According to the Executive Budget Office for the Alabama State Legislature, the ETF is collected through eleven different tax sources including income and sales tax.

The ETF funds K-12 and institutions of Higher Education in Alabama and is the largest fund in the state. From the ETF, 26 percent is allotted to Higher Education.

“[The State of Alabama has] inadequately funded college education at a proper level and in order to maintain a [competitive] level of education, they keep increasing tuition. That’s the fault of the legislature. We have to realize that higher education is as important as K-12,” said Alabama State Representative John W. Rogers Jr., a member of the Ways and Means Education committee and the Higher Education Appropriations sub-committee.

JSU’s Acting V.P. of Administrative and Business Affairs Allyson Barker also points to a lack of state funding as the cause of tuition inflation.

“There’s a direct correlation, in my opinion, with the loss of funding from state appropriations and an increase in tuition,” said Barker. “It used to be that we were state funded and now it’s more of assistance, because it’s dropped a lot. Even since 2008, it’s dropped between 25 and 30 percent.”

JSU now receives less than 35 percent of its Education and General Expense budget from the ETF. Federal grants, alumni donations, and student tuition and fees make up the rest.

Since 2008, the ETF fell from a high $6.7 billion to $5.4 billion in 2013, amounting to a 20 percent decline in funding.

Due to the ETF’s dependence on tax sources to cover the tab, the ETF was hit heavily with the recession in 2007 and has yet to recover.

Cities of Their Own

The Executive Director of the Alabama Commission on Higher Education (ACHE) says that cuts in the ETF are not the only thing that counts for the inflation in college tuition.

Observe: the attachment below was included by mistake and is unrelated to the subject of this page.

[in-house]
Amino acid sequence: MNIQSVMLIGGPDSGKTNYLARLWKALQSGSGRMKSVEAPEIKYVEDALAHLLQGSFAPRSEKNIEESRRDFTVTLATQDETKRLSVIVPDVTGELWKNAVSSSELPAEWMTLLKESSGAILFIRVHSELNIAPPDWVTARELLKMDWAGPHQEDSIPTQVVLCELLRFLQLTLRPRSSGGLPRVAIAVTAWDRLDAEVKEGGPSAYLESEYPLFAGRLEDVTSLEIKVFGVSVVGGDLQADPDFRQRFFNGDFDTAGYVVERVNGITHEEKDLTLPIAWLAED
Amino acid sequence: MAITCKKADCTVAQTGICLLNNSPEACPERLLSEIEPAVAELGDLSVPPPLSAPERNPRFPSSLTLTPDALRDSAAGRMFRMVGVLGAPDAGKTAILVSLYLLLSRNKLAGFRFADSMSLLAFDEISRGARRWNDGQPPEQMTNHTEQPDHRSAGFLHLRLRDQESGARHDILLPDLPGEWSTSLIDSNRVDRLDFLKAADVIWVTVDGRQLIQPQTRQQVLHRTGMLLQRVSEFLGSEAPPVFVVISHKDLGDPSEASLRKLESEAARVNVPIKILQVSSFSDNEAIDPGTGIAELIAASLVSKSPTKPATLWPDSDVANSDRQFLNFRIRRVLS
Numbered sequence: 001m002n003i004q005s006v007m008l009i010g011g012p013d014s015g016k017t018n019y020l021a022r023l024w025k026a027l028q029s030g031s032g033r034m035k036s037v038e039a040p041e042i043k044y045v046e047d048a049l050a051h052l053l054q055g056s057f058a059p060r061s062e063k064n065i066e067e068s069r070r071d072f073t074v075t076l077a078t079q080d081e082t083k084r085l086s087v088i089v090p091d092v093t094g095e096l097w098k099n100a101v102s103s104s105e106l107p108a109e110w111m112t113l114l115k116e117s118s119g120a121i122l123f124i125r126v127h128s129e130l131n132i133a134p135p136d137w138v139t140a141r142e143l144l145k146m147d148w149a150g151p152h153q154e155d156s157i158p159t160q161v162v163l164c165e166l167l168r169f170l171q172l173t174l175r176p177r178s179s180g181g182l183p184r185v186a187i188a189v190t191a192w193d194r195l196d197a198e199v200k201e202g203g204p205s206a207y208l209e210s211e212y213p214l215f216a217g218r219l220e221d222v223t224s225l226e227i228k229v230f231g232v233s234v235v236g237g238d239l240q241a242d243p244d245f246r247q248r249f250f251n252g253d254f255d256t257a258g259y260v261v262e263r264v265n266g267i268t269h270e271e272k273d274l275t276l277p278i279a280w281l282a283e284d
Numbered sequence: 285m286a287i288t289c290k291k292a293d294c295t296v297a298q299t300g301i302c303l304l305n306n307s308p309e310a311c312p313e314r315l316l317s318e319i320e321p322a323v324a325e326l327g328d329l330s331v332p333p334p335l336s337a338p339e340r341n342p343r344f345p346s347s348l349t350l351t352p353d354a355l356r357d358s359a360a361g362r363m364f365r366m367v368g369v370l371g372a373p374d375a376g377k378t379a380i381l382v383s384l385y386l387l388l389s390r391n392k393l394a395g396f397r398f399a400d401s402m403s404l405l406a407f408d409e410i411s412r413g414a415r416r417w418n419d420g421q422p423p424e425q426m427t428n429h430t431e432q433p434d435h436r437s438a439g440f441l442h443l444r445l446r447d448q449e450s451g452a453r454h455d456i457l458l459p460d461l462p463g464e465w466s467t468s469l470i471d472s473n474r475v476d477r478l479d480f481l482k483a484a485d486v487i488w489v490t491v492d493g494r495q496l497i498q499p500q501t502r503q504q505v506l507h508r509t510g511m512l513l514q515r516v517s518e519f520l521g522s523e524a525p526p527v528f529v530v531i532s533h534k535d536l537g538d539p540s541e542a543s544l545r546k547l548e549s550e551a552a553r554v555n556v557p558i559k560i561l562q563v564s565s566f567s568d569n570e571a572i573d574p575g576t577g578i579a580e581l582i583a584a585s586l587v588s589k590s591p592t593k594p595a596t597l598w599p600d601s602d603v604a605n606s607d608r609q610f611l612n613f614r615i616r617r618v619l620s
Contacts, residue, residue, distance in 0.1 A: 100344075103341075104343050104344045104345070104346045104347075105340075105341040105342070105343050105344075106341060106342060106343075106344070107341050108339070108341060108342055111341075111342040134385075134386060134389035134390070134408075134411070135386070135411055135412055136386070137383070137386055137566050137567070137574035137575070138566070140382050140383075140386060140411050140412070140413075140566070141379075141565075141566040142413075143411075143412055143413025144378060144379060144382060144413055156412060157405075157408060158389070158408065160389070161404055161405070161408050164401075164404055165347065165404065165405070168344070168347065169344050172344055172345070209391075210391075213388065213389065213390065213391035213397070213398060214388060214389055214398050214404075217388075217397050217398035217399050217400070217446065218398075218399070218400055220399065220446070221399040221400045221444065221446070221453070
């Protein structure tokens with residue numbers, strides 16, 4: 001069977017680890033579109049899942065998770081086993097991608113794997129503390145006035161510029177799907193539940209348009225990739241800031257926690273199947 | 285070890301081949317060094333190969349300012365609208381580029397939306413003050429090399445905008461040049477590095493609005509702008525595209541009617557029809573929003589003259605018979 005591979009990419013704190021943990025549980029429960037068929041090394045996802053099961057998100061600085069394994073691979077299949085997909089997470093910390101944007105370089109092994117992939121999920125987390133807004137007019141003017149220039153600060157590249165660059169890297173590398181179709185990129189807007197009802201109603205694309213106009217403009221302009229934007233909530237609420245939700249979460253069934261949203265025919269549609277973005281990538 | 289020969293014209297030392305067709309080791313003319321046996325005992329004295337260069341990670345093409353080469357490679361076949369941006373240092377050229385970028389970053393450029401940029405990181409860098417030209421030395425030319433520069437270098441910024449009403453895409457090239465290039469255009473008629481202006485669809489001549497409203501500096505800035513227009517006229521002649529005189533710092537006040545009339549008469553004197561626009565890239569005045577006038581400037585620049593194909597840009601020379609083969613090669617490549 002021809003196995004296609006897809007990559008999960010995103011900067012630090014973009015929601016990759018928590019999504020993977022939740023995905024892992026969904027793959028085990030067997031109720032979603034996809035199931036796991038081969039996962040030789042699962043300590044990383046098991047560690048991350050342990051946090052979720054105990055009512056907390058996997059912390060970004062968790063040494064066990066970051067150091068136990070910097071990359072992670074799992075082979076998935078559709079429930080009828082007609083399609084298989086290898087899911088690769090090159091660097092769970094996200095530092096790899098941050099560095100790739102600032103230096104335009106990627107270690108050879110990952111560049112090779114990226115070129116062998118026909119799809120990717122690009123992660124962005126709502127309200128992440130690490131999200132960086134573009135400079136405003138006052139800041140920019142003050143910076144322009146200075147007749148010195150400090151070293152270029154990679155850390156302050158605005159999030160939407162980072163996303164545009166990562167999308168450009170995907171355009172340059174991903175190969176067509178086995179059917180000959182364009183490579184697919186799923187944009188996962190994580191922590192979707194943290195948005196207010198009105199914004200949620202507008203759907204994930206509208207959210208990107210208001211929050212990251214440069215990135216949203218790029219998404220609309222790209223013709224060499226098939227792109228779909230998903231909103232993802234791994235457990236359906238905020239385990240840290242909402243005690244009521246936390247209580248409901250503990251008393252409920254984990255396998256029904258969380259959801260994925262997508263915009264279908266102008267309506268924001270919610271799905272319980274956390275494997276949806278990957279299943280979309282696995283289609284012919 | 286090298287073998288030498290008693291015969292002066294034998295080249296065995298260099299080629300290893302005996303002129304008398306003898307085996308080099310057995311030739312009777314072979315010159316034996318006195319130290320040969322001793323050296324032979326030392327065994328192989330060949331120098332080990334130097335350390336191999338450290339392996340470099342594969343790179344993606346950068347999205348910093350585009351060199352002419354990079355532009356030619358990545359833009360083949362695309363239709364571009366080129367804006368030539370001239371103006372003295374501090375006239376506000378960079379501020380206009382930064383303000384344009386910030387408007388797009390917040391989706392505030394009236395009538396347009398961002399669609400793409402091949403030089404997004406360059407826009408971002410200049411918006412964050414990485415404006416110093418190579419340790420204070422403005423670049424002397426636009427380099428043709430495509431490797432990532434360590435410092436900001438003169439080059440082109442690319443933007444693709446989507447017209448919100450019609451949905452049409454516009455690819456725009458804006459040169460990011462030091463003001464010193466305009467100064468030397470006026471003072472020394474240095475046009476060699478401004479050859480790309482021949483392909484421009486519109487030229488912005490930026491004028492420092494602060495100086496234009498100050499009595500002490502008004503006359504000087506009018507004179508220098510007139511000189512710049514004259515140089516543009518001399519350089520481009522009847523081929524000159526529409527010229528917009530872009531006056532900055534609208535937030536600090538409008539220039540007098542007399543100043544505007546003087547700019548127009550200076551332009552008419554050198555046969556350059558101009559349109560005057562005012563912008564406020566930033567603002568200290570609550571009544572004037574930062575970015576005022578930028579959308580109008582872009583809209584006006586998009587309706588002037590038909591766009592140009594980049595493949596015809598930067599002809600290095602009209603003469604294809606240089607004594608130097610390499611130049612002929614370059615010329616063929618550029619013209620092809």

According to Fitch, colleges and universities are like cities of their own. Institutions of Higher Education have their own administration and governing systems, road crews, maintenance staff, police forces, employees, and citizens, A.K.A. students.

“[When] you’re operating within a city and you see significant cuts, if you want support for that city, you either have to raise taxes or adjust prices or charge for special services or increase fees,” said Fitch.

According to Fitch, the larger a university is the more services that university needs to offer. Dormitories, cafeterias, and bus services for non-local students become mandatory to stay competitive. Health service, career services, and campus security become obligatory. Staying up-to-date with technology becomes crucial to making sure that students are prepared for careers in a workforce that needs to know how to use the latest device in a technological society.

“There’s a lot of variables,” said Fitch. “I wish there was just one. If there was just one thing to say, ‘if we could fix this then this could happen’...but we can’t because of the number of variables that impact the institutions.”

The complications of running at such a large scale and the constant struggle to remain competitive add to the need for new revenue.

This need for new funds is covered by increases in tuition, and in turn student loans and Federal Pell Grants cover the students’ inability to pay their college education.

Back to Top